The Story of a Puppet/V

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Pinocchio is hungry and searches for an egg
          to make himself an omelet; but just at
          the most interesting moment the omelet
          flies out of the window.

Night was coming on, and Pinocchio, remembering that he had eaten nothing all day, began to feel a gnawing in his stomach that very much resembled appetite.

But appetite with boys travels quickly, and in fact after a few minutes his appetite had become hunger, and in no time his hunger became ravenous—a hunger that was really quite insupportable.

Poor Pinocchio ran quickly to the fireplace where a saucepan was boiling, and was going to take off the lid to see what was in it, but the saucepan was only painted on the wall. You can imagine his feelings. His nose, which was already long, became longer by at least three fingers.

He then began to run about the room, searching in the drawers and in every imaginable place, in hopes of finding a bit of bread. If it was only a bit of dry bread, a crust, a bone left by a dog, a little mouldy pudding of Indian corn, a fish bone, a cherry stone—in fact anything that he could gnaw. But he could find nothing, nothing at all, absolutely nothing.

And in the meanwhile his hunger grew and grew; and poor Pinocchio had no other relief than yawning, and his yawns were so tremendous that sometimes his mouth almost reached his ears. And after he had yawned he spluttered, and felt as if he was going to faint.

Then he began to cry desperately, and he said:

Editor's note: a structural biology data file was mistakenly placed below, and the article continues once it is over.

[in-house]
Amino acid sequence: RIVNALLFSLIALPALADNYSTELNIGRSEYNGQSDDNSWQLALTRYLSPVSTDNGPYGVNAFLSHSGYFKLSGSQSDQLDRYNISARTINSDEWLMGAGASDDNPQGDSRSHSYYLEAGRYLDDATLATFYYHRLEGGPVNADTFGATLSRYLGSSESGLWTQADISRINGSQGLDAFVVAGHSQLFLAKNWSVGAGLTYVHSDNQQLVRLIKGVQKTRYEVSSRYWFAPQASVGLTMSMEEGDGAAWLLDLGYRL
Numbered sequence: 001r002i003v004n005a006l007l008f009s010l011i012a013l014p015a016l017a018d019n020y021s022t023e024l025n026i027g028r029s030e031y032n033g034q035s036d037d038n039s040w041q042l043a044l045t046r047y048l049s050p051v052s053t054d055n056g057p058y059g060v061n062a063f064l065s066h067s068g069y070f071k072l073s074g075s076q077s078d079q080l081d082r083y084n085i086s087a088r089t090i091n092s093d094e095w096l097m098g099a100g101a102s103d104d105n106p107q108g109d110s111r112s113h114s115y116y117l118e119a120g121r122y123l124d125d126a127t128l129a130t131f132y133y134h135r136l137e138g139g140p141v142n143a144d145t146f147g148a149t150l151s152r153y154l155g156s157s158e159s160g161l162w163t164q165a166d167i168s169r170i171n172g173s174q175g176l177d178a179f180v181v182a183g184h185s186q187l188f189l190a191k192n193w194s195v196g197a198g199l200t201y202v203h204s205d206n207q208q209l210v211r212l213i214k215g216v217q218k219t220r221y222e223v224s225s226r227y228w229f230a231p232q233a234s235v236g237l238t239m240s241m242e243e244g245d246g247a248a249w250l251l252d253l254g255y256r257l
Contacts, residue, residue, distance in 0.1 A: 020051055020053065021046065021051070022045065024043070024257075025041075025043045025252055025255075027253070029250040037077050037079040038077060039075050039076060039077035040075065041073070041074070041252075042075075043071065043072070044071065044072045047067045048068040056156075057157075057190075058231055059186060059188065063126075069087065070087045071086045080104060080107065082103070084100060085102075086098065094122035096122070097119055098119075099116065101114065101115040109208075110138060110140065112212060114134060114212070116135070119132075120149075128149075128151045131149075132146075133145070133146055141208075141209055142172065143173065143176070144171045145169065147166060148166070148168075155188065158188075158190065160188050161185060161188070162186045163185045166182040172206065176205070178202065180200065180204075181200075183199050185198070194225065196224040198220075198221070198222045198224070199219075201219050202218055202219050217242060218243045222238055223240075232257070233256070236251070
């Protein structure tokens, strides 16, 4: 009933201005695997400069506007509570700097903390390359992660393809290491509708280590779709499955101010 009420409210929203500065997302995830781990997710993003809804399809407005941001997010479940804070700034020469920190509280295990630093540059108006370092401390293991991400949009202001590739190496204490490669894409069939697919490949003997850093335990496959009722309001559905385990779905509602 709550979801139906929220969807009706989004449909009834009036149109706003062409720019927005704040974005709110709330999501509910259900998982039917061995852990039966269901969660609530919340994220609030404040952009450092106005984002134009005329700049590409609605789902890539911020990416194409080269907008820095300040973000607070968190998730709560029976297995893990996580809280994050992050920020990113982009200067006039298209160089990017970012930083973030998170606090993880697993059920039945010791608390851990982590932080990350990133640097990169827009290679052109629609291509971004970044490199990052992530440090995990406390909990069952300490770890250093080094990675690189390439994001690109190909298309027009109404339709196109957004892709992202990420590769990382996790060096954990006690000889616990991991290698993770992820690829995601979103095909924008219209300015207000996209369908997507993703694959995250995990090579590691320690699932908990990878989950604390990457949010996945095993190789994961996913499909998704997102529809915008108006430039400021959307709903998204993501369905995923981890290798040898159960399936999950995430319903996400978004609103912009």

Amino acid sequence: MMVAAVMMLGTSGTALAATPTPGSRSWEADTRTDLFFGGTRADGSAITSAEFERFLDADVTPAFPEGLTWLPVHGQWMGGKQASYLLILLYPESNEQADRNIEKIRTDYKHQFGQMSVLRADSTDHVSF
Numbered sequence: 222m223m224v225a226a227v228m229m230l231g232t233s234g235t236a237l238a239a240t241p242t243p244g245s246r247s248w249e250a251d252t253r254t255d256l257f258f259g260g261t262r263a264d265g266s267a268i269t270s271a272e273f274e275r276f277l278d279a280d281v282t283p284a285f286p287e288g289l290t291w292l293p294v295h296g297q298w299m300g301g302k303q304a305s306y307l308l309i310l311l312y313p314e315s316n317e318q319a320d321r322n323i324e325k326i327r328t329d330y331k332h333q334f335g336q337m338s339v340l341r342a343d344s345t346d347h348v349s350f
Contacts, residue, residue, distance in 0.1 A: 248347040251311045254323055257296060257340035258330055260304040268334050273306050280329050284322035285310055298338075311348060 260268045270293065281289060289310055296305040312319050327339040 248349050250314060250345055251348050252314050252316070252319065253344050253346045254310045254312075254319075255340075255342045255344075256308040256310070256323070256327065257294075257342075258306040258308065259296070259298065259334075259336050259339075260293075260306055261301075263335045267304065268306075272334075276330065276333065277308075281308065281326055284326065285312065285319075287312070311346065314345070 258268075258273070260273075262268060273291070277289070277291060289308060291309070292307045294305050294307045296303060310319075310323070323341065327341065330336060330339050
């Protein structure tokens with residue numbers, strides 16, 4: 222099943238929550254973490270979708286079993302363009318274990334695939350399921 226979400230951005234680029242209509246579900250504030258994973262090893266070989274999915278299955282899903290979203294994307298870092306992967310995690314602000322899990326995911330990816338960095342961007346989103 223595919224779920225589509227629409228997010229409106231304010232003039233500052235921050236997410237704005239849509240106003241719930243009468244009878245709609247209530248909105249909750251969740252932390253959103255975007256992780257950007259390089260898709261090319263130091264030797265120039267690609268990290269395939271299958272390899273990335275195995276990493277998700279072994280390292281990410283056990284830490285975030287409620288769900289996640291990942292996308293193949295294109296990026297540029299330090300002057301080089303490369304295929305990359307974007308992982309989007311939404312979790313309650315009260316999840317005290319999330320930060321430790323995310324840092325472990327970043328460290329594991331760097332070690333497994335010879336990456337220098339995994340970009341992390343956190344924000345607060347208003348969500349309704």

'The Talking-cricket was right. I did wrong to rebel against my papa and to run away from home. . . . If my papa was here I should not now be dying of yawning! Oh! what a dreadful illness hunger is!'

Just then he thought he saw something in the dust-heap—something round and white that looked like a hen's egg. To give a spring and seize hold of it was the affair of a moment. It was indeed an egg.

Pinocchio's joy beats description; it can only be imagined. Almost believing it must be a dream he kept turning the egg over in his hands, feeling it and kissing it. And as he kissed it he said:

'And now, how shall I cook it? Shall I make an omelet? ... No, it would be better to cook it in a saucer! . . . Or would it not be more savoury to fry it in the frying-pan? Or shall I simply boil it? No, the quickest way of all is to cook it in a saucer: I am in such a hurry to eat it!'

Without loss of time he placed an earthenware saucer on a brazier full of red-hot embers. Into the saucer instead of oil or butter he poured a little water; and when the water began to smoke, tac! . . . he broke the egg-shell over it that the contents might drop in. But instead of the white and the yolk a little chicken popped out very gay and polite. Making a beautiful courtesy it said to him:

'A thousand thanks, Master Pinocchio, for saving me the trouble of breaking the shell. Adieu until we meet again. Keep well, and my best compliments to all at home!'

Thus saying it spread its wings, darted through the open window, and flying away was lost to sight.

The poor puppet stood as if he had been bewitched, with his eyes fixed, his mouth open, and the egg-shell in his hand. Recovering, however, from his first stupefaction, he began to cry and scream, and to stamp his feet on the floor in desperation, and amidst his sobs he said:

'Ah! indeed the Talking-cricket was right. If I had not run away from home, and if my papa was here, I should not now be dying of hunger! Oh! what a dreadful illness hunger is! . . .'

And as his stomach cried out more than ever and he did not know how to quiet it, he thought he would leave the house and make an excursion in the neighbourhood in hopes of finding some charitable person who would give him a piece of bread.

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